We all knew it was going to happen. All that early heat moved the plants into mid-May mode when it was only April. For lots of people this was a welcome, warm spring season.
For the people where I live, it's a recipe for disaster.
Many of the cherries are in full bloom.
Although there aren't many pear orchards, they are also in full bloom.
In the woods, the serviceberry is blooming
So, we've had 3 nights of frost this week (see the frost on the car), and most of next week has that potential. According to the farmers, sweet cherry blossoms are fatally damaged at 25 degrees, and apples and sour cherries at 24 degrees. We got below that last night. Serviceberries are wild. I have no idea what temperatures they can survive.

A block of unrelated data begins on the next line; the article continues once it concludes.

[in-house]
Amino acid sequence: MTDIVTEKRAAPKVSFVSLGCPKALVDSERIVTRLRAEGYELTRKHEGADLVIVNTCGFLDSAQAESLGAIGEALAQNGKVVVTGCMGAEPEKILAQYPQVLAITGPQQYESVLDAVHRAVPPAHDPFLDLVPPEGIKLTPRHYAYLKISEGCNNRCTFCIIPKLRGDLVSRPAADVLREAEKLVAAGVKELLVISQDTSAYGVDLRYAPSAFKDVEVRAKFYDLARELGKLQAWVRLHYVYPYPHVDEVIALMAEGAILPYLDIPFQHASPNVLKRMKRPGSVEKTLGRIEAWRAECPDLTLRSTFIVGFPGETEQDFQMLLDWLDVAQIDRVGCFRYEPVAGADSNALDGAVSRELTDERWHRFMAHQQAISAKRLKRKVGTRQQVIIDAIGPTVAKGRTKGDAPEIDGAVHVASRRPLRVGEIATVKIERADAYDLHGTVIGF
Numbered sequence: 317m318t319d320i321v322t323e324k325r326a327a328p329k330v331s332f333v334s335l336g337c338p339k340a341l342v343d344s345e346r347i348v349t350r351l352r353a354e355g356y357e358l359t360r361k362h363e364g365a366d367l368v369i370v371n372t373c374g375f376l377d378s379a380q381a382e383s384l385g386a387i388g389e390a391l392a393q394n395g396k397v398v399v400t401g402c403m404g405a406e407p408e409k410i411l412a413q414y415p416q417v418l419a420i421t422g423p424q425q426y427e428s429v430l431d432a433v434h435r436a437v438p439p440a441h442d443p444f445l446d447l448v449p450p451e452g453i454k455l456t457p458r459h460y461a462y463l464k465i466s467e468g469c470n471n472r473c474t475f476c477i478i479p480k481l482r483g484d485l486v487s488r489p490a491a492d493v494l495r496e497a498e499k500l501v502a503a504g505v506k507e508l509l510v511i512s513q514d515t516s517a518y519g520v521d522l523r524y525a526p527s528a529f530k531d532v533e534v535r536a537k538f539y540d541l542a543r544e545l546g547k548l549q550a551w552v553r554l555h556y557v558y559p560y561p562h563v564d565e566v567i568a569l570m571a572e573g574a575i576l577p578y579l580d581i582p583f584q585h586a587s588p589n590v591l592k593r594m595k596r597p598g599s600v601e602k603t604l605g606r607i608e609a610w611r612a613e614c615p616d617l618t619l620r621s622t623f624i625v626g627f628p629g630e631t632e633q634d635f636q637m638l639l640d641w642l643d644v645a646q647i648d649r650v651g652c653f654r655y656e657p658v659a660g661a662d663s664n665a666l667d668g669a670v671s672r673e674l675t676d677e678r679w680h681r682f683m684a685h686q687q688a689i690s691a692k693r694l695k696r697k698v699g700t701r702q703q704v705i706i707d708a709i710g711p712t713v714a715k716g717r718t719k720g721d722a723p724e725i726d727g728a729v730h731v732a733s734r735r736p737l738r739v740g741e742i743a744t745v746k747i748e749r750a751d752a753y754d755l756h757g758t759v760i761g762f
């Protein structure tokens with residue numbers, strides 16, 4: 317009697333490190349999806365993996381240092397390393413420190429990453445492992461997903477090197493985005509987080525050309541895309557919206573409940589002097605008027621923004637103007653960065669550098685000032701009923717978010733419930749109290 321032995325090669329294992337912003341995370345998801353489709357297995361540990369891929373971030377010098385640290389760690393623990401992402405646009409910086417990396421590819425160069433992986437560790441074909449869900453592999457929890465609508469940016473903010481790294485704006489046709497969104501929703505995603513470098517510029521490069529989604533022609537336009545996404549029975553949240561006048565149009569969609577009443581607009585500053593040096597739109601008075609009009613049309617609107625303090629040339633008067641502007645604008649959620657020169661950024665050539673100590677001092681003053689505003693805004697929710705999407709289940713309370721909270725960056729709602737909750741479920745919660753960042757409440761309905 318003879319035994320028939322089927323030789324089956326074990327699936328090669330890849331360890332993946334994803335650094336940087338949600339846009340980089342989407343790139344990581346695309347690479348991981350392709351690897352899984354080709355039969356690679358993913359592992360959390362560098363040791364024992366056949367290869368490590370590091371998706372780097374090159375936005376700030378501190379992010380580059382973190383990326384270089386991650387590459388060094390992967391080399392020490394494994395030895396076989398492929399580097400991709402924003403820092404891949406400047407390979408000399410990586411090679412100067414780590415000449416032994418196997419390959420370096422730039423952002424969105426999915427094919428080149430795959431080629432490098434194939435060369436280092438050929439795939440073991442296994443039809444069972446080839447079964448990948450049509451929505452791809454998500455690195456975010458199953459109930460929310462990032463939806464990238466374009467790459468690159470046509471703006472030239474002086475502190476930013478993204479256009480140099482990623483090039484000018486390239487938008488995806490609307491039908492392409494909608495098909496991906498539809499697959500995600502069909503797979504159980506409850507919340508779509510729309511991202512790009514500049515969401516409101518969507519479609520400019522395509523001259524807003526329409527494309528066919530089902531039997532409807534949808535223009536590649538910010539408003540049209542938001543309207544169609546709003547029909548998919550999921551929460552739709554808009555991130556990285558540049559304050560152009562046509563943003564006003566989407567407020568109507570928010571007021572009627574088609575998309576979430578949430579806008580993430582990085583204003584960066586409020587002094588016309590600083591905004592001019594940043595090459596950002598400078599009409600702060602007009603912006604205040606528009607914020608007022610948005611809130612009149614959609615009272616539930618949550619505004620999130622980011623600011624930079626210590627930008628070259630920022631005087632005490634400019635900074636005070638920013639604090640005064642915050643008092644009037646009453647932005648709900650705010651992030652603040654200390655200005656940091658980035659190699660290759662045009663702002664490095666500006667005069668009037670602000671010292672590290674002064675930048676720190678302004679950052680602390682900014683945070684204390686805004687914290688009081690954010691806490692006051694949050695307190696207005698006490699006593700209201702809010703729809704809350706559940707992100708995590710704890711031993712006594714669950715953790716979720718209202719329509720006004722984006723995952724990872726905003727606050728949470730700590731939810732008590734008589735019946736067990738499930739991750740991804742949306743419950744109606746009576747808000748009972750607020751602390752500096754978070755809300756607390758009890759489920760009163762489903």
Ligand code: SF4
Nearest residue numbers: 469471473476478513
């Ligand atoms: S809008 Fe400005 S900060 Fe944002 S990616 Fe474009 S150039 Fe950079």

Last night, the county dipped down to 20, possibly even lower in a few areas. According to the paper at least half of the local cherry crop is lost. Of course, these are the caveats of farming, the weather can devastate a year's worth of hard work.
It's really tough on the economy. Many farmers live from crop to crop. And people will just gripe at the grocery stores because products are either unavailable or expensive.
As for the wild fruits- the loss of those is hard on wildlife. Serviceberry is a favorite food of many birds. Today, I found wild blueberries already in bloom. Lots of wild animals need the blueberries.
My few fruit trees seem to be all right so far. Of course, they are of personal concern, but I don't depend on the fruit for my livelihood.
Me? I'd rather have spring come slower and later, and have more fruit survive.
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